After your pet has been placed under anesthesia, we will conduct a tooth-by-tooth oral exam and charting.
Next, the teeth are cleaned and polished (including under the gum line) and x-rays are taken. We then apply a fluoride treatment to each tooth.
The final step in the process is the application of a dental sealant to your pet's teeth to prevent plaque from attaching to their teeth. If we find any advanced periodontal disease throughout the process, our vets will also create a detailed treatment plan at this time.
Ideally, a follow-up examination will be scheduled two weeks after the initial assessment and treatment appointment.
During this visit, we will discuss implementing teeth brushing at home. We can also recommend products that can help improve your pet's oral health.
FAQs About Pet Dental Care
Here are some of the most frequently asked questions from our patients about pet dental care.
- Why do pets need their teeth cleaned?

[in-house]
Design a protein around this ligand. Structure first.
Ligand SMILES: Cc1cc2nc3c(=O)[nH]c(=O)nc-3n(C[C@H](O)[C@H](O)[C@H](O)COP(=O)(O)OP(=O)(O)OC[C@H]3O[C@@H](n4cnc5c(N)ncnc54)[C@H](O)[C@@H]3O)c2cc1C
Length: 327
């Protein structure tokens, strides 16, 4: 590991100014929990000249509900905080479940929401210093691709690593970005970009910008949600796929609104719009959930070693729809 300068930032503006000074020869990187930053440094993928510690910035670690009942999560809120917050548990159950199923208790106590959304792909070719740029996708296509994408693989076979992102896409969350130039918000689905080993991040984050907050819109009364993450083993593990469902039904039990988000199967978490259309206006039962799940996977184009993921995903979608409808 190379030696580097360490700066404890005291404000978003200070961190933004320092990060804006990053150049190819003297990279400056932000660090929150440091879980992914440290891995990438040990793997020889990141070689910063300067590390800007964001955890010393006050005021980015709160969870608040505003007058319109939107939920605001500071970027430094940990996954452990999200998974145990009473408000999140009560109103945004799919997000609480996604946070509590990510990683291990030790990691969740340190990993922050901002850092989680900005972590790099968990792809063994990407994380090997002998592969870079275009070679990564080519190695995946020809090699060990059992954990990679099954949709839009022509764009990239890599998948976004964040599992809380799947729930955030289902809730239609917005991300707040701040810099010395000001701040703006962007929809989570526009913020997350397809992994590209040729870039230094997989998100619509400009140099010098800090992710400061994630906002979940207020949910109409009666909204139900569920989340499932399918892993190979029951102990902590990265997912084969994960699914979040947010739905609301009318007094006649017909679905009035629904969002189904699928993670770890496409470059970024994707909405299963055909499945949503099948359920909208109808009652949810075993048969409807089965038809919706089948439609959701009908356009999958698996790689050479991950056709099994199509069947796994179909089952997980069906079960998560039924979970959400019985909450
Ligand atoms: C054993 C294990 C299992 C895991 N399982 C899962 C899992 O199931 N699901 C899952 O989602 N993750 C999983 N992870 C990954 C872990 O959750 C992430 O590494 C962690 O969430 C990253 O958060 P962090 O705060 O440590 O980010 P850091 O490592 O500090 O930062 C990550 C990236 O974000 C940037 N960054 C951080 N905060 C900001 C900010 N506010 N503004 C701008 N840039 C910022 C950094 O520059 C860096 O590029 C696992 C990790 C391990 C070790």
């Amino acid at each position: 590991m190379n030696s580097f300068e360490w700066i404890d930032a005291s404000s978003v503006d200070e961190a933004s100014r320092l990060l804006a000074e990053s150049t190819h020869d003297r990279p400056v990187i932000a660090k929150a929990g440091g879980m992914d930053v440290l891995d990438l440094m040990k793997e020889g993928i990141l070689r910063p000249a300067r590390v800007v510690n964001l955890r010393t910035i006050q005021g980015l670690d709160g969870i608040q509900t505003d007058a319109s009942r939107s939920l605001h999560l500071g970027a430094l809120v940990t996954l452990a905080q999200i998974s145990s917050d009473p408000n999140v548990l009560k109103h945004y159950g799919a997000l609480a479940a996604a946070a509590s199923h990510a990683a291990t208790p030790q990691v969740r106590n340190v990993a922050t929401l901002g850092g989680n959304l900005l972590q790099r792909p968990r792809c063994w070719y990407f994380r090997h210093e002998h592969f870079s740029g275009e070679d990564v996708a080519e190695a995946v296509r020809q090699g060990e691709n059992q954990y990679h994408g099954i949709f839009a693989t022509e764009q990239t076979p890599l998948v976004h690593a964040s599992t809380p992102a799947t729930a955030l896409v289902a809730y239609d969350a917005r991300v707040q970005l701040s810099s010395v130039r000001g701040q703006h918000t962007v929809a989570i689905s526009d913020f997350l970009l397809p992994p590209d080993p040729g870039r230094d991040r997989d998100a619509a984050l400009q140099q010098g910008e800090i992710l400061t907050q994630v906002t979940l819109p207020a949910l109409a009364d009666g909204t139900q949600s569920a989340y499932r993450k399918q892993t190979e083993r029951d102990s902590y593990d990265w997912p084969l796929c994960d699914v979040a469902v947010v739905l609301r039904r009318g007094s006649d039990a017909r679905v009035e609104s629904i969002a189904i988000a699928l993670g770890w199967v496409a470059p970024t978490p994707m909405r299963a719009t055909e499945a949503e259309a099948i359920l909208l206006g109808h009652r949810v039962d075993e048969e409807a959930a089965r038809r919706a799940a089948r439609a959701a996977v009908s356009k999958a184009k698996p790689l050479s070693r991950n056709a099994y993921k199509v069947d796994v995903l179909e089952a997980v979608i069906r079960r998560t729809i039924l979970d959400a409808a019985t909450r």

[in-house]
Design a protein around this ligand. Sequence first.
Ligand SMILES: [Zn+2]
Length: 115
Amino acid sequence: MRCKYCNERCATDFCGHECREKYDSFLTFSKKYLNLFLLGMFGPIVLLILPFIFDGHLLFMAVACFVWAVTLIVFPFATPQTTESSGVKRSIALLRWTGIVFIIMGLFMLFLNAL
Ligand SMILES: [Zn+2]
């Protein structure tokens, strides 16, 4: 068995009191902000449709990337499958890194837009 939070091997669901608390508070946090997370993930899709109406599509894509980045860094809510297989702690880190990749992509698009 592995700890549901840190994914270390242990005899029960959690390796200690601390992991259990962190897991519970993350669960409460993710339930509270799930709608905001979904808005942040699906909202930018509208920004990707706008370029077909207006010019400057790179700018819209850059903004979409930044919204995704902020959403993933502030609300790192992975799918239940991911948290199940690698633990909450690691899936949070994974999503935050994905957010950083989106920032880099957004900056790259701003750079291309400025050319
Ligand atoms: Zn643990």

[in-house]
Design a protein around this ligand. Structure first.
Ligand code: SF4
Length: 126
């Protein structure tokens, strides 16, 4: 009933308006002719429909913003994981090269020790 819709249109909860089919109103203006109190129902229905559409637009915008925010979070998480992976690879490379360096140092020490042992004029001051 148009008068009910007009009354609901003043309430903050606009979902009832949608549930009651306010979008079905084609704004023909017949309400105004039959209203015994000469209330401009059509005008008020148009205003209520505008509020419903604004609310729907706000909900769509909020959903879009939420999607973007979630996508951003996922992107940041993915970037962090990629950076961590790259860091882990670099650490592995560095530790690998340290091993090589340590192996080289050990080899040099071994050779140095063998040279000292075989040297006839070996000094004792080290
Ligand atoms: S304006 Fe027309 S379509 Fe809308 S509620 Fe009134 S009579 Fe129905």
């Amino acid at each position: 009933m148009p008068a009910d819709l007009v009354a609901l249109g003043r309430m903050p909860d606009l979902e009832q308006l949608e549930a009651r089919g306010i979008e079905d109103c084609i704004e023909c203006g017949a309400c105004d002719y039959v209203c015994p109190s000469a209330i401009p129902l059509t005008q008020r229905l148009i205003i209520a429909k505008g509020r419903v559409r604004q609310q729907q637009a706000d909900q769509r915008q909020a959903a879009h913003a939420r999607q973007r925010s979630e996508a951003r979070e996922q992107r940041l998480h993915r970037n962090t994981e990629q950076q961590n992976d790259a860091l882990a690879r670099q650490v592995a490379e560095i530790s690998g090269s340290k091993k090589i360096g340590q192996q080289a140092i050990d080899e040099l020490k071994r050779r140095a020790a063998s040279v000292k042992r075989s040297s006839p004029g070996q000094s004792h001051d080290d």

Our pets can develop periodontal disease or tooth decay as a consequence of poor oral health.
Just like in people, when animals eat, the plaque sticks to their teeth and can build up into tartar if it isn't promptly brushed away.
This can lead to infections in the mouth, periodontal disease, tooth decay, and even loose or missing teeth. That's why regular dental care is essential to preventing pain or disease in the gums.
- How can I tell if my pet has oral hygiene issues?
Did you know behavior may be an indication of oral health problems? If your pet is experiencing dental problems, they drool excessively (and the drool may contain pus or blood), or you may notice them pawing at their mouth or teeth. They may also yawn excessively, grind their teeth, or stop grooming sufficiently.
Other signs of oral health issues and health problems include swollen gums, tooth discoloration, bad breath, and more. Some pets may even suffer from pain that stops them from eating altogether. For more information about the symptoms of oral health issues, read the section to the left under Pet Teeth Cleaning & Exams.
- What long-term problems can poor oral health potentially cause in my pet?
On top of causing health issues ranging from cavities and bad breath to severe gum disease, oral health issues can cause diseases in your pet's heart, kidneys, liver, and other internal organs.